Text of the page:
By Sally Bisharat, Communications Specialist
Research shows that children can have a great impact on and shape the lives of their siblings. Mark Feinberg, a Research Professor of Health and Human Development at Penn State University, says that “Sibling relationships influence children’s adjustment and development about as much as parenting does”. A quality sibling bond can have a positive effect on the mental and physical health of the children, including siblings of children with disabilities.
Having a sibling with disabilities is a reality many children are faced with including 18-year-old Farah Mkheimer from Zarqa, Jordan. Farah was only three when her sister Aya was diagnosed with Down Syndrome. “I remember when she was born, I was so excited I was going to have a sibling!” she said. She realised soon and at a very young age however, that having a sibling with disabilities presents many challenges.
Aya grew up a happy child in a loving and supporting home. Her family incorporated her needs into their normal lives and encouraged her to express what she is capable of. However, this is the opposite of what she experienced when she started school and began interacting with her peers who bullied and harassed her consistently.
Most students at schools do not know how to interact with disabled kids and this, to a large extent, falls on the shoulders of their parents and community. This is when Farah realised that such challenges come with great opportunities and hers was dedicating her time to raise awareness about Down Syndrome and educating students on how to interact with individuals with this disability.
Farah’s efforts, along with the support of her mother, influenced the behaviour of Aya’s peers who became more considerate and supportive of her. However, even though she was able to create a positive change at school and in her sister’s life, Farah was unable to change the way her surrounding community’s perspective which labeled her sister as disabled, and thus had serious effects on Aya’s mental health. Aya reached a point in which she refused to leave the house and interact with people. She lost all of her self-confidence and became isolated.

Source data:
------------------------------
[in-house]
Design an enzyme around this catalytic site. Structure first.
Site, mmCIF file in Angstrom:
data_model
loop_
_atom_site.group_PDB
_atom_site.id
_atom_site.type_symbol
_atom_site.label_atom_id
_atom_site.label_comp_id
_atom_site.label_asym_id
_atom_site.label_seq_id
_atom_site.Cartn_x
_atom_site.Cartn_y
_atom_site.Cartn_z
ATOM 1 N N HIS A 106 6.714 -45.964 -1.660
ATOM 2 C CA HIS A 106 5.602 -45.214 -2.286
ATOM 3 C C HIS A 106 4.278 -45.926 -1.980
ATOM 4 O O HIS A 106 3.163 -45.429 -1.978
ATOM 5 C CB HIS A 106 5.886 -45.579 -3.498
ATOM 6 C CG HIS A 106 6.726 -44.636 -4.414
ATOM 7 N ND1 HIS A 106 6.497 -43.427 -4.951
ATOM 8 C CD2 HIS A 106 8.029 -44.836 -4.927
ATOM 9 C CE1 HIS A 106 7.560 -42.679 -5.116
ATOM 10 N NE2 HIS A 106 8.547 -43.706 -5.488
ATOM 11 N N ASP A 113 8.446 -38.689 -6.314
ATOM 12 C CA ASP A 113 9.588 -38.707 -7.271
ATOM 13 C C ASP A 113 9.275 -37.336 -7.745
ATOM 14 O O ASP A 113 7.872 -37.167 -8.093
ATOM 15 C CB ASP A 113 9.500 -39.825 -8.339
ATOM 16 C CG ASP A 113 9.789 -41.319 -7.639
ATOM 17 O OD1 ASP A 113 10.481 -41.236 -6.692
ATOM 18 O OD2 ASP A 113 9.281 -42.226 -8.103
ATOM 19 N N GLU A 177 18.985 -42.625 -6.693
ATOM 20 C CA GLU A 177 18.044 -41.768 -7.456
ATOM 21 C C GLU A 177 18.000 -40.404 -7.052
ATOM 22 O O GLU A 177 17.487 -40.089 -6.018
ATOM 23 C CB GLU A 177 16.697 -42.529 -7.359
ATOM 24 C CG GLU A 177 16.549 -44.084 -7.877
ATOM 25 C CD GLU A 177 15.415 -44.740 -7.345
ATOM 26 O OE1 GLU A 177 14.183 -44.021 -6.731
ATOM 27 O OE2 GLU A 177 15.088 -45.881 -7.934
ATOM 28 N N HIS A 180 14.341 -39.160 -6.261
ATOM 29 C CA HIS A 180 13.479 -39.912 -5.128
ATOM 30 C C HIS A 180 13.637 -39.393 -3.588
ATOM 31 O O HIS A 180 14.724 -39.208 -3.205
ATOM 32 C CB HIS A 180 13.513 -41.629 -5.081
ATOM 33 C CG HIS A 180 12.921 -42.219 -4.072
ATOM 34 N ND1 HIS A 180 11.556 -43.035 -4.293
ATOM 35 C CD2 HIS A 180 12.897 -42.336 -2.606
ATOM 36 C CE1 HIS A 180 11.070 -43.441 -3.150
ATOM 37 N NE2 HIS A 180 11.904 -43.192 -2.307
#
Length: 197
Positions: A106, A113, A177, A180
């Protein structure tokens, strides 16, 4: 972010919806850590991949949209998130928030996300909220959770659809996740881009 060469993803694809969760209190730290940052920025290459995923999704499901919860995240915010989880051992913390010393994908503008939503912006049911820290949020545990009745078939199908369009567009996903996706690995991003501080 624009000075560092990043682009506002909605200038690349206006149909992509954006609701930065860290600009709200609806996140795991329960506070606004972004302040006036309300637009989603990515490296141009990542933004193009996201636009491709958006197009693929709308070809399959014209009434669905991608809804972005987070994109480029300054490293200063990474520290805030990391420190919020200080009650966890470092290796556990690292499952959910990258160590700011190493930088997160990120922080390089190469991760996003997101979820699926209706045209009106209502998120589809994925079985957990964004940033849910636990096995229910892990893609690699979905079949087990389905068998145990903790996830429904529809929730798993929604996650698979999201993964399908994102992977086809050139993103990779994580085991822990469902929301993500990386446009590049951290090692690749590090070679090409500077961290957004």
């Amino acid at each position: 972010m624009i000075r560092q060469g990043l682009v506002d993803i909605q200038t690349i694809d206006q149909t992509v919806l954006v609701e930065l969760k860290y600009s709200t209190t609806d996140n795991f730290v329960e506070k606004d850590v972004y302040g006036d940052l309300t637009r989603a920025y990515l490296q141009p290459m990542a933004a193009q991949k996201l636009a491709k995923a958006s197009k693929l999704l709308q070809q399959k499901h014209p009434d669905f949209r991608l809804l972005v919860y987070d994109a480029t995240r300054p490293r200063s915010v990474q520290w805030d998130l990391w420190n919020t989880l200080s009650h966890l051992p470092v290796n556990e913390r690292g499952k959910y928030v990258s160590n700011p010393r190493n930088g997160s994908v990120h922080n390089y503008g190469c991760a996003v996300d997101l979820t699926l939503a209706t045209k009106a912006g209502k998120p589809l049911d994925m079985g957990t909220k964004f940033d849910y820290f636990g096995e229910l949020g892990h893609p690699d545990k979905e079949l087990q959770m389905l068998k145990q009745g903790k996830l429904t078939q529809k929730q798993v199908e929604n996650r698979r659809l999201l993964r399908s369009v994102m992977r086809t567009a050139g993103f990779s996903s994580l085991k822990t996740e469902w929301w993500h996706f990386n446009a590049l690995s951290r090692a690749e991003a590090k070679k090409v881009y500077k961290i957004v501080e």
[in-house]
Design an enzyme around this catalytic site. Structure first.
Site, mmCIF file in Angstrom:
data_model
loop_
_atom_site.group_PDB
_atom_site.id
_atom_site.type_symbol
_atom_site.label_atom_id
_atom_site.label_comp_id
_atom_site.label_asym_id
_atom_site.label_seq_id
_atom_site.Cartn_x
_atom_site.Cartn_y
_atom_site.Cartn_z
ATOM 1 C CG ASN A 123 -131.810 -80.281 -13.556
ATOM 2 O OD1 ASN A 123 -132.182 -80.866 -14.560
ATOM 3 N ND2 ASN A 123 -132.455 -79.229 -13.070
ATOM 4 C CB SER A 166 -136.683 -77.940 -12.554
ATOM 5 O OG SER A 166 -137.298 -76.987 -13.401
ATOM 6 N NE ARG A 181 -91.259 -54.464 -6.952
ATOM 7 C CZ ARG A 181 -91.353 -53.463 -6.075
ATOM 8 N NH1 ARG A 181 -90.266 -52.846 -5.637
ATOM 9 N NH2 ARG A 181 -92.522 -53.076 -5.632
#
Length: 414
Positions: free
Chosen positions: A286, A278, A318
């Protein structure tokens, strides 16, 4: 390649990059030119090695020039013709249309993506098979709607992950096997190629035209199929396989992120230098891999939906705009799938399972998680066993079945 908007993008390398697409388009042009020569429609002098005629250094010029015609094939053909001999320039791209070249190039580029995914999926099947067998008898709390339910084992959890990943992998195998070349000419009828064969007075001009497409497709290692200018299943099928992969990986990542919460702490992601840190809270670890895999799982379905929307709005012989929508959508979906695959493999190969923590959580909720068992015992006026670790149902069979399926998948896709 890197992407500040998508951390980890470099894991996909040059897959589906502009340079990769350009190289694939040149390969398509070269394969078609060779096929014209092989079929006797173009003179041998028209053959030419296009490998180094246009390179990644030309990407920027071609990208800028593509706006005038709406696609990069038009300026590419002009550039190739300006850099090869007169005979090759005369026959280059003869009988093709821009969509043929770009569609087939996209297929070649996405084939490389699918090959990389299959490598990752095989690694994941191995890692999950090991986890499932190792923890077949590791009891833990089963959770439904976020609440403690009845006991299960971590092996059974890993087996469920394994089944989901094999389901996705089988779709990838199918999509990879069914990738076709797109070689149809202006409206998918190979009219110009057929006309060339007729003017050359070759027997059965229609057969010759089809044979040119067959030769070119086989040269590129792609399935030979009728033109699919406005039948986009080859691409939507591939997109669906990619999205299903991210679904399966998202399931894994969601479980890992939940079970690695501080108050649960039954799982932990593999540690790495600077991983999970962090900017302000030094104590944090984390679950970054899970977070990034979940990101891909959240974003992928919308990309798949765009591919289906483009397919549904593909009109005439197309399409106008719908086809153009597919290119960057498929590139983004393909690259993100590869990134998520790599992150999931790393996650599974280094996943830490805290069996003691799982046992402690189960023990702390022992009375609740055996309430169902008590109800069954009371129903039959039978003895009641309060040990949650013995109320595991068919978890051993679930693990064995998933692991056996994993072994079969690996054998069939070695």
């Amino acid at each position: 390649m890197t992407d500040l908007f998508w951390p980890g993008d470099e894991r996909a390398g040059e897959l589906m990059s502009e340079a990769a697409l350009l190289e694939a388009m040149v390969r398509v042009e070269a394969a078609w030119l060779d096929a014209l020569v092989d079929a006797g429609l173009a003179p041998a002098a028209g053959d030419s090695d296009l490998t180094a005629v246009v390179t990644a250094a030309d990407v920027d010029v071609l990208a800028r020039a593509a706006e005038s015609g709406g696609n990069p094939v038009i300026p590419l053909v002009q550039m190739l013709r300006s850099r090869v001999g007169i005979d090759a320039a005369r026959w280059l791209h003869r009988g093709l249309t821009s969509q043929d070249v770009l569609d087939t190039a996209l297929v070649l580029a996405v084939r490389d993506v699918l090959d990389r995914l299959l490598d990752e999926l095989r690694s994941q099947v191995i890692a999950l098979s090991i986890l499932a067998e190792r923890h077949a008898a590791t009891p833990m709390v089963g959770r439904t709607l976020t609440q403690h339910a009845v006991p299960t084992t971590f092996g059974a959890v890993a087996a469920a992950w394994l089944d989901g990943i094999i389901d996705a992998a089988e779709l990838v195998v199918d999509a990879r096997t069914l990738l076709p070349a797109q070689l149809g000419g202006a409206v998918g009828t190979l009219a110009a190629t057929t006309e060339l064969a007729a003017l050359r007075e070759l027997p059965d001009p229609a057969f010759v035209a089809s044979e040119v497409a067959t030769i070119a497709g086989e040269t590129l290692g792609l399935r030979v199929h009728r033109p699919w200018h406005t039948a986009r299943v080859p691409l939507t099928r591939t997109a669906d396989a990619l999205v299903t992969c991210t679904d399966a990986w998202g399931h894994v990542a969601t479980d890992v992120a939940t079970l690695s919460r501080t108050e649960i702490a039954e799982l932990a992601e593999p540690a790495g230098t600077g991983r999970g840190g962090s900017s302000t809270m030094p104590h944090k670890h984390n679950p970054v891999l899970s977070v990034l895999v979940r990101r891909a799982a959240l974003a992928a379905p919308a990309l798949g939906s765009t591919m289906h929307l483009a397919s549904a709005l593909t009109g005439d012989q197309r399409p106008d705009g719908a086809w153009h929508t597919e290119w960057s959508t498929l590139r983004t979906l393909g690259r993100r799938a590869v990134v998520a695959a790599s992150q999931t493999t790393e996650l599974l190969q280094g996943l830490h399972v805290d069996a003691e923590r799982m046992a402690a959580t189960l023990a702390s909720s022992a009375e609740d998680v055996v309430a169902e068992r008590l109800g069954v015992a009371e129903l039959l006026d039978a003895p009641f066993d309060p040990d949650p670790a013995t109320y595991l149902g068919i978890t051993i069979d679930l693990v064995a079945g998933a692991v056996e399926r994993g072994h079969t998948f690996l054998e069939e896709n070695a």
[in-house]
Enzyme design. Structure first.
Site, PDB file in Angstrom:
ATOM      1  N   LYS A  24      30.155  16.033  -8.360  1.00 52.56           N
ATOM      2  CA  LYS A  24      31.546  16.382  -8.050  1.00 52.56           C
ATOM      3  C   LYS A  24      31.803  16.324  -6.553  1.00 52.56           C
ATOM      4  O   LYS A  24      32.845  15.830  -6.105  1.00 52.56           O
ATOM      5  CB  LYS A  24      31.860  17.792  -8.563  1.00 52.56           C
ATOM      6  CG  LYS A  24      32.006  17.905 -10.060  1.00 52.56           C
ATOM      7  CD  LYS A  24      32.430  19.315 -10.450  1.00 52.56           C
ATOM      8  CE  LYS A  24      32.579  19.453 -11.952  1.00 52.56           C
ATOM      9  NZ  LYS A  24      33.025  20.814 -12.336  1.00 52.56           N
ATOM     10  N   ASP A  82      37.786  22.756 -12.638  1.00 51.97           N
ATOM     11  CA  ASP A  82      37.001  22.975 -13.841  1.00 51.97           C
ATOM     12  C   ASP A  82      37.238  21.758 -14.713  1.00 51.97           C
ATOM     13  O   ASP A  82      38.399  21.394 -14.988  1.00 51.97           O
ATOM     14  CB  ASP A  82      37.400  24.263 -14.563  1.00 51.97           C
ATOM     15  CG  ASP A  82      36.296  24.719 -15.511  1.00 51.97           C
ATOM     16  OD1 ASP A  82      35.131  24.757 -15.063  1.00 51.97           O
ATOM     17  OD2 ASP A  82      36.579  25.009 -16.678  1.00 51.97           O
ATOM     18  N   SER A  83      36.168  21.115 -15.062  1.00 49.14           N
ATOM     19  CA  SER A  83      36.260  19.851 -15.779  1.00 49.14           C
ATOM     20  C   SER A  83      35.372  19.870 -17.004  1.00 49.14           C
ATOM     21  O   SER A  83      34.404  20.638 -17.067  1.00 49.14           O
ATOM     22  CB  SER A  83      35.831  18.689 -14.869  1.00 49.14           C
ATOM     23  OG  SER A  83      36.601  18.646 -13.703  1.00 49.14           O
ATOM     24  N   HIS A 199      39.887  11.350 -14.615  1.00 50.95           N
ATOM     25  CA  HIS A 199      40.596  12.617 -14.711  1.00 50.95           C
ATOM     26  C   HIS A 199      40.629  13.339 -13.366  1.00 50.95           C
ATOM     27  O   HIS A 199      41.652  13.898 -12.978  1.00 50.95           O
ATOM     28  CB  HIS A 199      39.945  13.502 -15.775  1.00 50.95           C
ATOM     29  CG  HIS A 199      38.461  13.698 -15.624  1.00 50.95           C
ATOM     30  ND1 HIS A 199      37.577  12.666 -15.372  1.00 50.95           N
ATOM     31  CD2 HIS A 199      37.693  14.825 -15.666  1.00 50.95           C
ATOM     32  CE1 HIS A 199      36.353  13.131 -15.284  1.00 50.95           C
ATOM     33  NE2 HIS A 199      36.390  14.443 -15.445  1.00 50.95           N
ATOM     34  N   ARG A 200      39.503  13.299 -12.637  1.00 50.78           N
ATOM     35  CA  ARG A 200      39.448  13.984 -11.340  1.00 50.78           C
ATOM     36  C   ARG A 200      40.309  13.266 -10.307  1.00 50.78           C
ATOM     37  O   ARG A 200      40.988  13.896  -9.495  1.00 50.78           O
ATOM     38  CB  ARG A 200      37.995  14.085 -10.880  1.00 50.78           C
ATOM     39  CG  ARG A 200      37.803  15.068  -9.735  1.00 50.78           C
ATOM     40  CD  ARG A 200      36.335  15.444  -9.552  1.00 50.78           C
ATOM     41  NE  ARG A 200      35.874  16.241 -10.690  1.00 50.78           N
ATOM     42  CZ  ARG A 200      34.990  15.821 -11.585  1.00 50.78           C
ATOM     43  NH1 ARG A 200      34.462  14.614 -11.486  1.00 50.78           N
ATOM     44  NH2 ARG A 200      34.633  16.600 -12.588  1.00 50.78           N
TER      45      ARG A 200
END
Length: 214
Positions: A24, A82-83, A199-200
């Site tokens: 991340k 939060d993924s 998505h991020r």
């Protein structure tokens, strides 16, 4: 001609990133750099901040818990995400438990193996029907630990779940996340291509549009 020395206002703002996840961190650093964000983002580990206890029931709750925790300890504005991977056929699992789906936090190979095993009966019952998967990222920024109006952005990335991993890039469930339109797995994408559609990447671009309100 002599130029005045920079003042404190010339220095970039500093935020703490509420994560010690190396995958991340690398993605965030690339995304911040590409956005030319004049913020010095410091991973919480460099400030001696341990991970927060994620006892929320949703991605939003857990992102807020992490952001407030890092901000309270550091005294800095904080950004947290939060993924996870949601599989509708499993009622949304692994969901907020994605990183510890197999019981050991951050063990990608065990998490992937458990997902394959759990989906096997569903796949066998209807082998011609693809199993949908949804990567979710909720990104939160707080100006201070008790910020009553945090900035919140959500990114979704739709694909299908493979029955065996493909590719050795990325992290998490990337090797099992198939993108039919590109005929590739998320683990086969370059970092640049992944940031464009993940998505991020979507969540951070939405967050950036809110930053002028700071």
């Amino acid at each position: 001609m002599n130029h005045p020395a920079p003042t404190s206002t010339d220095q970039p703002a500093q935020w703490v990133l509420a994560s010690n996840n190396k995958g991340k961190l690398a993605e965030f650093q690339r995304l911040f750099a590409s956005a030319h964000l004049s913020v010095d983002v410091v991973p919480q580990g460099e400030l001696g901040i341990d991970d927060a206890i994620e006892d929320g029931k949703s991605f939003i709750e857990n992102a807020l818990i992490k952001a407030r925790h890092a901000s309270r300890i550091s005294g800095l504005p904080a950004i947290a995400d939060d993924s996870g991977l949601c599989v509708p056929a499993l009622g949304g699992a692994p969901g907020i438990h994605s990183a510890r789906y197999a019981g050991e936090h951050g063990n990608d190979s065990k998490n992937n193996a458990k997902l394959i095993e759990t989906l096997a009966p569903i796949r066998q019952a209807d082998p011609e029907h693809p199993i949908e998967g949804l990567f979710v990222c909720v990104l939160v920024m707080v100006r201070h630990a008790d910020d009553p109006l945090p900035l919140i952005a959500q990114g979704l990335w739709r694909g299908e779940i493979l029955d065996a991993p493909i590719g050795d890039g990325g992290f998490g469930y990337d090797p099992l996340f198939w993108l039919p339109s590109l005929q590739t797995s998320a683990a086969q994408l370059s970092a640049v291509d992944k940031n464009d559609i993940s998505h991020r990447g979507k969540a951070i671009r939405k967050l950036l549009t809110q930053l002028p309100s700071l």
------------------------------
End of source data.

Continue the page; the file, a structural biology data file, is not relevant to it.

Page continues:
Farah sought external help to find a solution to the psychological setback her sister suffered from. She looked for several programmes that might offer the help needed until she finally found and enrolled in the Maharati Programme (“My Skills” Programme). The programme, which is implemented by the Jordanian Ministry of Youth in partnership with Generations For Peace and with support from UNICEF, seeks to promote long-lasting positive behaviour-change through a sustained series of activities. Through the programme, Farah started learning new life skills that were essential to Aya’s struggle and therefore she started teaching Aya everything she learned to improve her self-confidence.
Aya joined Farah in several training sessions from the Maharati Programme until the COVID-19 pandemic hit. Even though all schools and youth centres closed, the Maharati Programme continued to deliver its sessions online which encouraged Farah and Aya to get more involved in technology and create their own awareness sessions about the virus through educational videos filmed by Farah and presented by Aya.
During the past few months, Aya began to engage positively with her peers, increasing her confidence and looking forward to spreading awareness amongst her community about the impact and potential children with disabilities can have.
This whole experience has changed how both Farah and Aya perceive life matters and challenges and confirmed the power youth have in transforming community perceptions positively.